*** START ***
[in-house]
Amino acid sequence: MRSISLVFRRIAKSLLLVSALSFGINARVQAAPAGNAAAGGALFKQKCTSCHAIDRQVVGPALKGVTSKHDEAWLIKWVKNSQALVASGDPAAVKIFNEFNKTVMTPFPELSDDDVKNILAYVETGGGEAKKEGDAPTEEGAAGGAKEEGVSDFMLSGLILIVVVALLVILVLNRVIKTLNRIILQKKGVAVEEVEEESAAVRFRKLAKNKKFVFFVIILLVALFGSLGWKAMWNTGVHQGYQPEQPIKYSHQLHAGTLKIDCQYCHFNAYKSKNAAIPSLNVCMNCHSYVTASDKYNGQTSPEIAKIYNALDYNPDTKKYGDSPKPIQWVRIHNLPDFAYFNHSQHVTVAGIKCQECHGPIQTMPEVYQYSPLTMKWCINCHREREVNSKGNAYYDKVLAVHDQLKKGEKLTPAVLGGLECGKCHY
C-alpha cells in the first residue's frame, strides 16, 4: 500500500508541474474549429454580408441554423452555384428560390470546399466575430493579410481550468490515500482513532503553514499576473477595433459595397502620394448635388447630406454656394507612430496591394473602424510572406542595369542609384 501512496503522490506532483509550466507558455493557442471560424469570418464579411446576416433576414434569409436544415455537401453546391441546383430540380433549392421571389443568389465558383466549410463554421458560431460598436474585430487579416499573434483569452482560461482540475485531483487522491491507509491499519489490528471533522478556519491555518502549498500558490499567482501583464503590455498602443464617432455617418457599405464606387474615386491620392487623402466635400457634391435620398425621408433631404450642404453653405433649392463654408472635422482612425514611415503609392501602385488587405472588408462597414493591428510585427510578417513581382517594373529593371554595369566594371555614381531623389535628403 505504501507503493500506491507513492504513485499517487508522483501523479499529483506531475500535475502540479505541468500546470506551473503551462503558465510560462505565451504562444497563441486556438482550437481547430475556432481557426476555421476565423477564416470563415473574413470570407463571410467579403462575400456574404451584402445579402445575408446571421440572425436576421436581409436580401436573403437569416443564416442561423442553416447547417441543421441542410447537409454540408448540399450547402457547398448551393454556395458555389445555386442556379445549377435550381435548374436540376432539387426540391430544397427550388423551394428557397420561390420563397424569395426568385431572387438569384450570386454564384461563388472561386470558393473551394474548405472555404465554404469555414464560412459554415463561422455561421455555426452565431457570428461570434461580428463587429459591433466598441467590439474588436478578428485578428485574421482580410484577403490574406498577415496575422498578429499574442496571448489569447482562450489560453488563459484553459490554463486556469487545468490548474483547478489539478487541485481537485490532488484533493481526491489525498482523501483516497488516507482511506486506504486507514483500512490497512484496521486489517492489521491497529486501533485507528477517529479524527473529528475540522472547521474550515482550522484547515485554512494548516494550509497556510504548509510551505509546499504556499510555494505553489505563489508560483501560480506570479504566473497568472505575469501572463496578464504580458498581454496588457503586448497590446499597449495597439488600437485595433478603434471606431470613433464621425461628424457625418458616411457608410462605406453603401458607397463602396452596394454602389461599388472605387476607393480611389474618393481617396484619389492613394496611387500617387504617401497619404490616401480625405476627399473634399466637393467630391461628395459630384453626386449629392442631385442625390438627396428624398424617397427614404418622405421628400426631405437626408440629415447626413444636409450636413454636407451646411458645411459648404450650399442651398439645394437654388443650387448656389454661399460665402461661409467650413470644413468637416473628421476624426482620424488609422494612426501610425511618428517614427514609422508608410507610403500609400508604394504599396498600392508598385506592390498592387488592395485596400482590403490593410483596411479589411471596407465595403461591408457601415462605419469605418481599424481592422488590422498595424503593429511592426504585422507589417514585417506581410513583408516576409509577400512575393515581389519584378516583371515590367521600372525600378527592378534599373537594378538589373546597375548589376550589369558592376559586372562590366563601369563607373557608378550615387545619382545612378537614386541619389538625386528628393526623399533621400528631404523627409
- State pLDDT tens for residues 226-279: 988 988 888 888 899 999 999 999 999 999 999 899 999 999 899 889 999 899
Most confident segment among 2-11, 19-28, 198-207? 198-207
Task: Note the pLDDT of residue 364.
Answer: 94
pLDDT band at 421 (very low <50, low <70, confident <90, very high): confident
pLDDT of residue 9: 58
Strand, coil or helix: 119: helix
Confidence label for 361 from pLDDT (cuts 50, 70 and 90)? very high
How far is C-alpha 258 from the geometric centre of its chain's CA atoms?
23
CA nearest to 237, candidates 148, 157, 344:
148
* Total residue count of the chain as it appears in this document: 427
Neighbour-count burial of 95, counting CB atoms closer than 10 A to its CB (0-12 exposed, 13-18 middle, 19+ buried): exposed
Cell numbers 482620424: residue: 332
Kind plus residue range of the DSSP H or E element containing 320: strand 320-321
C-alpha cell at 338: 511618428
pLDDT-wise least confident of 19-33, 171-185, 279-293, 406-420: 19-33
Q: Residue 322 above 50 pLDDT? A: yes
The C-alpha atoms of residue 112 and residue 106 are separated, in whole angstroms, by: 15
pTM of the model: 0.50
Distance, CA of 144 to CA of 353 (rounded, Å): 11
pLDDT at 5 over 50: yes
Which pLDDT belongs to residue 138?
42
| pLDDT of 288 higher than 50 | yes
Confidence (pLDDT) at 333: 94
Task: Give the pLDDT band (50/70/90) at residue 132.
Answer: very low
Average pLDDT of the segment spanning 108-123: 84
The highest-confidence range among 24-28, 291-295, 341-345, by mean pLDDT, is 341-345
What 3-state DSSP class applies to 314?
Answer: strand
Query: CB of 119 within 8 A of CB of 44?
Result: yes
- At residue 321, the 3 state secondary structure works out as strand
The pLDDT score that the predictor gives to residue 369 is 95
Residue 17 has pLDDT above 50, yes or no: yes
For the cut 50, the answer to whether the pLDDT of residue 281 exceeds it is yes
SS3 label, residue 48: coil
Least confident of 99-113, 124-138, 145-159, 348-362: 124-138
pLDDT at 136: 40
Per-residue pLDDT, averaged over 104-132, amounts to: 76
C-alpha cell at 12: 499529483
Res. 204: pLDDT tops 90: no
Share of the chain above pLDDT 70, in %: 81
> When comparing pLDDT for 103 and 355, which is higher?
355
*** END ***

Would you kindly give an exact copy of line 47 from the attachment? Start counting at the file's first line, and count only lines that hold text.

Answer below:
C-alpha cell at 12: 499529483